*I just need a QR. I don't need math in my major:*

If there is *any* chance you will need calculus eventually (for example, if you might major in Economics or take the Political Economy track in Politics) then take a course from the calculus sequence
(MAT103/MAT104/MAT201)
while you still remember the math you learned in high school. Note: for some programs
MAT102 is acceptable, but not for others.)
Students majoring in humanities or a non-quantitative social science should consider MAT189 or MAT190,
a very popular choice that requires only a little
knowledge of algebra from high school. Alternatively, students who don't need calculus
should search the QR offerings of other departments. COS has at least one very popular
choice.

*I will likely major in physics, but maybe math:*

MAT203/MAT204
is an intermediate sequence of multivariable calculus and linear algebra courses, more theoretical than 201/202 but more concretely computational than 218/217.
Recommended for future physics majors or for anyone seriously interested in applied mathematics (rather than 201/202).

*I want to be a math major:*

Most future math majors take the honors sequence MAT215/217/218 which covers calculus and linear algebra more
thoroughly and more theoretically.
Note: many future physics majors, especially those interested in theoretical physics, take these courses.
Students curious about life beyond calculus may opt to start with MAT214, an introduction to rigorous proofs and formal mathematical argument in a more algebraic
setting. All these courses require very strong interest in and aptitude for independent mathematical thinking.

*Brief course descriptions and links:*

MAT101/102: two semester sequence equivalent to MAT103. Differential calculus with extensive review of precalculus. Introduction to integration.
101 is offered in only in the Fall, 102 only in the Spring. 101 does not fufill the QR requirement.

MAT103: First semester of the standard 3-semester calculus sequence. Topics include limits, continuity, derivatives and their applications, introduction
to the definite integral. Offered only in the Fall semester.

MAT104: Second semester of the 3-semester calculus sequence. Topics include techniques and applications of integration, convergence of infinite series and
improper integrals, Taylor's theorem, introduction to differential equations and complex numbers.

MAT189
: An introduction to mathematical thinking through interactive explorations in elementary number theory. No prerequisites beyond high school algebra. To be offered in Spring 2012. *Course web page under construction but available.*

MAT190
:(The Magic of Numbers) Explores some of the intriguing and beautiful mathematics that underlie the arts, technology, and everyday life. Needs only some knowledge of high school algebra. Spring only. Last offered Spring 2010. *Course web page not yet available*.

MAT200: One semester of multivariable mathematics for finance certificate or for math-track economics majors. Covers selected topics from linear algebra and multivariable calculus
in order to give *minimal* preparation for upper division quantitative courses in economics. (Not sufficient preparation for 300-level math courses).

MAT201: A continuation of 103/104, the third semester in the calculus sequence gives a thorough introduction to multivariable calculus. Topics include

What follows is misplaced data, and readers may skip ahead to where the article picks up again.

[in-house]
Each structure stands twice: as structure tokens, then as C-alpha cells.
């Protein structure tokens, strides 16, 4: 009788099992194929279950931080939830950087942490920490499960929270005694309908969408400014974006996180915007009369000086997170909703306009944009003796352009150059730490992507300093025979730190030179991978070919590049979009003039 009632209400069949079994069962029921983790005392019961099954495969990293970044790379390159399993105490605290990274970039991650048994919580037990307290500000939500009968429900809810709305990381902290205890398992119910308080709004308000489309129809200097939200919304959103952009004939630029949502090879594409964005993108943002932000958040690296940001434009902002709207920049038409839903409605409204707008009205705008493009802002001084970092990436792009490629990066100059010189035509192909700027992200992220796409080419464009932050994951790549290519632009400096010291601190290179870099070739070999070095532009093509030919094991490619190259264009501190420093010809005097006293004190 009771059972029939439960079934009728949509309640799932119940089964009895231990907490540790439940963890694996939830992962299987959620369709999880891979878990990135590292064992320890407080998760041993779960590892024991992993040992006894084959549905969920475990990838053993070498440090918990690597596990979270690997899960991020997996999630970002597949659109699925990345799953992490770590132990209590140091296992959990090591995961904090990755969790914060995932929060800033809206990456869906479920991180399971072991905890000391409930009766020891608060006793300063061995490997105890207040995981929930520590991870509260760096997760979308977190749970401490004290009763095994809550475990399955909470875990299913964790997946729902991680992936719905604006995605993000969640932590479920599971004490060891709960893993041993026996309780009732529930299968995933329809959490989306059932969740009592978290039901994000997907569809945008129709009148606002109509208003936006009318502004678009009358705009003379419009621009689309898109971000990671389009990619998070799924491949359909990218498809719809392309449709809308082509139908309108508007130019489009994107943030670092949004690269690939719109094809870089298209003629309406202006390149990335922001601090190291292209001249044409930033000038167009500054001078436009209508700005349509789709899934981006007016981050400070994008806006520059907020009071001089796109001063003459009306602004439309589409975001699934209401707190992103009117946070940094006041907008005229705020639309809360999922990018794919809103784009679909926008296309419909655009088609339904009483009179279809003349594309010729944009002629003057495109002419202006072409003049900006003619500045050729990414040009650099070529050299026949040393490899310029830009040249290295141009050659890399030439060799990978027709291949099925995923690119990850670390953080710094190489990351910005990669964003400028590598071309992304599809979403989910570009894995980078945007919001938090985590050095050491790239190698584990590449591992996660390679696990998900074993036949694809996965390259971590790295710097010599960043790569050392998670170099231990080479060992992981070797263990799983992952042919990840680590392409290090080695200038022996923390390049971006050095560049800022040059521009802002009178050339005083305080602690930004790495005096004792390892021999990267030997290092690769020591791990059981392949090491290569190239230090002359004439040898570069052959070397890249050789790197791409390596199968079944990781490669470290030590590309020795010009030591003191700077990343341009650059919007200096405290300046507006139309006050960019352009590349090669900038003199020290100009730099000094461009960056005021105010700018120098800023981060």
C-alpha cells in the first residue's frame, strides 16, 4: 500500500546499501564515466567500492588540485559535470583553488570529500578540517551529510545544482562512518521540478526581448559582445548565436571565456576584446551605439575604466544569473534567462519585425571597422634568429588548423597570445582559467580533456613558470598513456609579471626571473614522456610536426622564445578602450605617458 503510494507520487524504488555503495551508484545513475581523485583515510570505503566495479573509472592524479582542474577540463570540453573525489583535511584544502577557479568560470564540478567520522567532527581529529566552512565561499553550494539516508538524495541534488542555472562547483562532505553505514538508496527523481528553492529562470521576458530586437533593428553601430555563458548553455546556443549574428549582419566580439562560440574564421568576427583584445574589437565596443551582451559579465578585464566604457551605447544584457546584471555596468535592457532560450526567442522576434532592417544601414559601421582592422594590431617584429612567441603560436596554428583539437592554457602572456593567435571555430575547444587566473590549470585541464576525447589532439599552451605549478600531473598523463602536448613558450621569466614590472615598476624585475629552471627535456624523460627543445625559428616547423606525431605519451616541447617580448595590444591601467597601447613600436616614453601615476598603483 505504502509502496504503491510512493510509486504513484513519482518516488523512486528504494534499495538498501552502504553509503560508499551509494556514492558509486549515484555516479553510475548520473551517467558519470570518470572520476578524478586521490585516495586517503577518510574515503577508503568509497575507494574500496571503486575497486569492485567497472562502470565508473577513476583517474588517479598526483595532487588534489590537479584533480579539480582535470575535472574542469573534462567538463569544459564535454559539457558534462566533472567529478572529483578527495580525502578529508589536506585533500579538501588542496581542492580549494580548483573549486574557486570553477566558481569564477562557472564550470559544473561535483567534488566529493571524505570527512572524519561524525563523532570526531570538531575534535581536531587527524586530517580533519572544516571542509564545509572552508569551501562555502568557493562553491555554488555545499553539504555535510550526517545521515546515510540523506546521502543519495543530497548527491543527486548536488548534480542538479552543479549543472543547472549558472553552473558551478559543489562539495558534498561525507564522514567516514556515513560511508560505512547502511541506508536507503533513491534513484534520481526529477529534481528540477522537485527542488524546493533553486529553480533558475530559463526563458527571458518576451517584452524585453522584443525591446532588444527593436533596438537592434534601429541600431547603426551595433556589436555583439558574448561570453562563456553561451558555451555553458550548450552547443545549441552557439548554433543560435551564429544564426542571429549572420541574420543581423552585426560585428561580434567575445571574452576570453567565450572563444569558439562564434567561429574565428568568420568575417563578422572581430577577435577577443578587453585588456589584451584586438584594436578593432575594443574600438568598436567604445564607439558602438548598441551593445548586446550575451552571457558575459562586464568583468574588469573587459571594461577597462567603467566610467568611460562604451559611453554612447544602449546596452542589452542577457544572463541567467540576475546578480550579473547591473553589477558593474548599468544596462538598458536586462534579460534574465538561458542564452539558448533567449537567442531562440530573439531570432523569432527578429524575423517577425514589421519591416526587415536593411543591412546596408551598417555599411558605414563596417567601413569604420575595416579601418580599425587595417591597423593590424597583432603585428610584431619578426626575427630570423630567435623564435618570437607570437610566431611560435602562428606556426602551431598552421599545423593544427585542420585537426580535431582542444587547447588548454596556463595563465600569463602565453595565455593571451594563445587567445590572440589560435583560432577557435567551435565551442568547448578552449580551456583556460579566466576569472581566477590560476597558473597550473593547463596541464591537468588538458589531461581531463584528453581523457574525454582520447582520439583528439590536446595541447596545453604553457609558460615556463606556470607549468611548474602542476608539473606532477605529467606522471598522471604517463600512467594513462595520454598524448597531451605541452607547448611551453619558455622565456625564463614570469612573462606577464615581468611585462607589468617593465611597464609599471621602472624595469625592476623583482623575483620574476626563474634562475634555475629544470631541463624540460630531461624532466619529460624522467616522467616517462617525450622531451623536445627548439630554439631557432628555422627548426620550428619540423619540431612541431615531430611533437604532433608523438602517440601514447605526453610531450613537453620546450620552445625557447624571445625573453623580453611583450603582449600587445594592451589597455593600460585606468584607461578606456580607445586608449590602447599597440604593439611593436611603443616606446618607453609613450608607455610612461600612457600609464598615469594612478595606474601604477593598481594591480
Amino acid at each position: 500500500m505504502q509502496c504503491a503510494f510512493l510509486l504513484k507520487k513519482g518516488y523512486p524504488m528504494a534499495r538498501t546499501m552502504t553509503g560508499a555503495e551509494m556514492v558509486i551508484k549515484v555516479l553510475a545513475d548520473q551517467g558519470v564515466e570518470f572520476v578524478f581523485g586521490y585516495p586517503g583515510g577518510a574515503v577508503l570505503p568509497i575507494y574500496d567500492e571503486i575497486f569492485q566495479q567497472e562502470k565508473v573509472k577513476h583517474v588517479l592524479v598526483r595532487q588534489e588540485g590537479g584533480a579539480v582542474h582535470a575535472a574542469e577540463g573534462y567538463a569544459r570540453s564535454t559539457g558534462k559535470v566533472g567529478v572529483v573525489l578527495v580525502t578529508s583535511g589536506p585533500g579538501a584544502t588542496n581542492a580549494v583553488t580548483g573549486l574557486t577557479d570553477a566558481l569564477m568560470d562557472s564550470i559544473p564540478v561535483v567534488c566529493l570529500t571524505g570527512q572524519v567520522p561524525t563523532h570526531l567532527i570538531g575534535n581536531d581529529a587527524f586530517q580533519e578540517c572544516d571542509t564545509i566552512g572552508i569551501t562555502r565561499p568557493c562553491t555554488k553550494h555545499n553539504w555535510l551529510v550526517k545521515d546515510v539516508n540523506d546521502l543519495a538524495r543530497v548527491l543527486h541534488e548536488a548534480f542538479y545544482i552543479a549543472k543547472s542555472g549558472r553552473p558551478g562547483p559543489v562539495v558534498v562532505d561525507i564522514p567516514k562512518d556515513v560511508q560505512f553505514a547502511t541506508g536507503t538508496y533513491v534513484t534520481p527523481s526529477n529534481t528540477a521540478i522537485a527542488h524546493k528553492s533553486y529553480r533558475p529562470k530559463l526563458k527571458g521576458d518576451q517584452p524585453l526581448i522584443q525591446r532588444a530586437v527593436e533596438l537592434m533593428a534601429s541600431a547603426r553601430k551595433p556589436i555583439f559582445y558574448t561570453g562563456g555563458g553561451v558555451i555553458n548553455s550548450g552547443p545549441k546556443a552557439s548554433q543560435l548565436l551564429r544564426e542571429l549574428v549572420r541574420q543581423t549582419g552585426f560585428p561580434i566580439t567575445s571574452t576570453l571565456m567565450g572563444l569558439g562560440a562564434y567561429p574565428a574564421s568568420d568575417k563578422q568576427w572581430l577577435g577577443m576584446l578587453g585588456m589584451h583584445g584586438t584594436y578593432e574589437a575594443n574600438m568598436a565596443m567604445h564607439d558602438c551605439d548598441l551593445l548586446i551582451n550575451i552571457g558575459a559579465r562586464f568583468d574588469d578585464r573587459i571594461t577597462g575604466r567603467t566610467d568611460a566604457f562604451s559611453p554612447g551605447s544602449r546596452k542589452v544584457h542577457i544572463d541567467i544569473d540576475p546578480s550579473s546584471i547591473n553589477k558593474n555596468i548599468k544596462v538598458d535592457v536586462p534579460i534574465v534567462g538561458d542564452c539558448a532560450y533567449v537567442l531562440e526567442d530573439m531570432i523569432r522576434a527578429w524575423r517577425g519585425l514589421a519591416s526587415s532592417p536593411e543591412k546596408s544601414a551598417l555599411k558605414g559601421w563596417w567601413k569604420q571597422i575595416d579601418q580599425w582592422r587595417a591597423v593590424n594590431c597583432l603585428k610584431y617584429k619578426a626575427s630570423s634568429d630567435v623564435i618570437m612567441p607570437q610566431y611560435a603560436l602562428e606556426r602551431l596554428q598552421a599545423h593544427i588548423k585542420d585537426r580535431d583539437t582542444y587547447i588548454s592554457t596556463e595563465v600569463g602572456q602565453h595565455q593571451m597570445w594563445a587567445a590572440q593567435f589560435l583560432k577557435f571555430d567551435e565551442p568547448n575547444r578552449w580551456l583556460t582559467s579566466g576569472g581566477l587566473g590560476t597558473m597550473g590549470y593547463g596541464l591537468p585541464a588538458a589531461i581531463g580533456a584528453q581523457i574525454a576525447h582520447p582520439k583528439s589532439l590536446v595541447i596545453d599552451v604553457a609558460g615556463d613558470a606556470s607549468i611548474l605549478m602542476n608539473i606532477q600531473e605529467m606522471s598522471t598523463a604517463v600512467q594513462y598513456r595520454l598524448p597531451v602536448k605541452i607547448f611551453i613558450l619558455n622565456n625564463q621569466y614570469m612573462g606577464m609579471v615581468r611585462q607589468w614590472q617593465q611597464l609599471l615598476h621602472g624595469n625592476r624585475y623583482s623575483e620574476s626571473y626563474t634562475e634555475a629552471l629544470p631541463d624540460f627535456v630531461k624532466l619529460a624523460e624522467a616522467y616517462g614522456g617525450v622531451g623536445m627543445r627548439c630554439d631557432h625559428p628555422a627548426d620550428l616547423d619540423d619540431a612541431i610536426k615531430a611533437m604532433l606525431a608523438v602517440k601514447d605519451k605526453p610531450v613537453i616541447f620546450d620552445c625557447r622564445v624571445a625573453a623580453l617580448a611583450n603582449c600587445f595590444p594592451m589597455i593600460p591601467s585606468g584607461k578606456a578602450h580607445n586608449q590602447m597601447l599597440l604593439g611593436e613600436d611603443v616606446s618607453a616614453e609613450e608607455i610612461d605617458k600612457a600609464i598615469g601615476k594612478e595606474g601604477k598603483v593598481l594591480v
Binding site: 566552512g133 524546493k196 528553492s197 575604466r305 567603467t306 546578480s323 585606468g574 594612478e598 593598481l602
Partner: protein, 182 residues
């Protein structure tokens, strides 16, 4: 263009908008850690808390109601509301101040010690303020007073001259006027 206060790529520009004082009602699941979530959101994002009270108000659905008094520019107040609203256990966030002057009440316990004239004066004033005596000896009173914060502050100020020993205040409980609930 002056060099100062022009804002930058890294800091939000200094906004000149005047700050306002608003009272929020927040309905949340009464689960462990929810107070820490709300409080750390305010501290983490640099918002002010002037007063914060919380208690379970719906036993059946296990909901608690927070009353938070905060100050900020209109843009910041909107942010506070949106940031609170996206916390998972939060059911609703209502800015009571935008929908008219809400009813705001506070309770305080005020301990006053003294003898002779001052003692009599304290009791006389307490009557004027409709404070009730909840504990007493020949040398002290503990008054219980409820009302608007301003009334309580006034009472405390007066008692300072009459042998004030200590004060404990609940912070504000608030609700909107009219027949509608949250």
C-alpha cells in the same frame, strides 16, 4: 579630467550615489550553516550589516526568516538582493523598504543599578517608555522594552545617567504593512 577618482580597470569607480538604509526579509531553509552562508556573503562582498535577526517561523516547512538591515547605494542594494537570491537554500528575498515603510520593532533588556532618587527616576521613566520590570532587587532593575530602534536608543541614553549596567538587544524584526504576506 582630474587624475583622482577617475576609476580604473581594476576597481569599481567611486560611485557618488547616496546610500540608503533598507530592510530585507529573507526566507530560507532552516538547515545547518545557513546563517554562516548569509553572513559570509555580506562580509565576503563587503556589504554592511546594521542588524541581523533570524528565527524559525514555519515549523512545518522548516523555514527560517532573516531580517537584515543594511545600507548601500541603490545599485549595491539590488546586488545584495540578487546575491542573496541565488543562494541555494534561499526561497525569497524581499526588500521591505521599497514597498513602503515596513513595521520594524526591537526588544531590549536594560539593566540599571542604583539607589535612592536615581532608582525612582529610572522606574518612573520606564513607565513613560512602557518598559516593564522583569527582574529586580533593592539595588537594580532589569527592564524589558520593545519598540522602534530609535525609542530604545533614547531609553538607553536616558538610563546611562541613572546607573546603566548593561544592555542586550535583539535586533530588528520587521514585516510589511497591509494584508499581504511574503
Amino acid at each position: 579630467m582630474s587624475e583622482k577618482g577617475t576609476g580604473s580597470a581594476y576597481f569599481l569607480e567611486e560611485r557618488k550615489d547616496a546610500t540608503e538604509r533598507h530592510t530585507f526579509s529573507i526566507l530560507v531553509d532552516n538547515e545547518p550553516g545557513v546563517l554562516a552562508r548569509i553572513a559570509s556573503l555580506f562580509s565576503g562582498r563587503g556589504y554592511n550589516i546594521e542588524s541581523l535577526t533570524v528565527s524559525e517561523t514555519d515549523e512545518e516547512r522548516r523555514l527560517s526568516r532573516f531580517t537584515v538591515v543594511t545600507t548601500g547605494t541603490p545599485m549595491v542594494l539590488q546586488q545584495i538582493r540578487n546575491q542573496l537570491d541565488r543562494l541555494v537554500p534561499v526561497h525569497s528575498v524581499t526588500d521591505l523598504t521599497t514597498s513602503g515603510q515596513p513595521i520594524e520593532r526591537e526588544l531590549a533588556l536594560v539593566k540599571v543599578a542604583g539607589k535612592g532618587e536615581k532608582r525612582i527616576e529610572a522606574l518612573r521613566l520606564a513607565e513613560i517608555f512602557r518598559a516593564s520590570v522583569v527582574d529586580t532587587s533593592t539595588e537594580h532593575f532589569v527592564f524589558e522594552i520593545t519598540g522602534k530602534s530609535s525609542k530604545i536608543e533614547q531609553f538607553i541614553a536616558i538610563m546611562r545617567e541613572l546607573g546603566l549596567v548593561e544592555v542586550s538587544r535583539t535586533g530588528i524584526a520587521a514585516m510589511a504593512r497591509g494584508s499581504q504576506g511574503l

limits, continuity and differentiability in several variables, extrema, Lagrange multipliers, Taylor's theorem, multiple integrals, integration on curves and surfaces, Green's theorem,
Stokes' theorem, divergence theorem.

MAT202: Linear Algebra, mostly in real n-space. Companion course to 201. Main topics are matrices, linear transformations, linear independence and dimension, bases and coordinates, determinants, orthogonal projection, least squares, eigenvalues, eigenvectors and their applications
to quadratic forms and dynamical systems.

MAT203: Advanced multivariable calculus. More theoretical version than 201, but less theoretical than 218. A course for those with
a strong mathematical background. Recommended for physics majors. Fall Only.

MAT204: Advanced Linear Algebra. Companion course to 203. Spring Only.

MAT214:
Rigorous, proof-based intro to classical number theory. Topics include Pythagorean triples and sums of squares, unique factorization,
Chinese remainder theorem, arithmetic of Gaussian integers, finite fields and cryptography, arithmetic functions and quadratic reciprocity.
Fall Only.

MAT215:Introduction to analysis. Topics include the rigorous &epsilon - &delta treatment of limits, convergence, and uniform convergence of sequences and series. Continuity, uniform continuity, and differentiability of functions. The Heine-Borel theorem, the Riemann integral, conditions for integrability of functions and term by term differentiation and integration of series of functions, Taylorâ€™s theorem.

MAT217: Rigorous course in linear algebra. Topics include vector spaces, linear transformations, inner product spaces, determinants, eigenvalues, the Cayley-Hamilton theorem, Jordan form, linear systems of differential equations, the spectral theorem for normal transformations, bilinear and quadratic forms.

MAT218: Rigorous course in multivariable analysis. Continuation of 215/217 (or 203/204, with instructor's permission). Topics include metric spaces, completeness, compactness, total derivatives, partial derivatives, inverse function theorem, implicit function theorem, Riemann integrals in several variables, Fubini's theorem, change of variables theorem, and the theorems of Green, Gauss, and Stokes.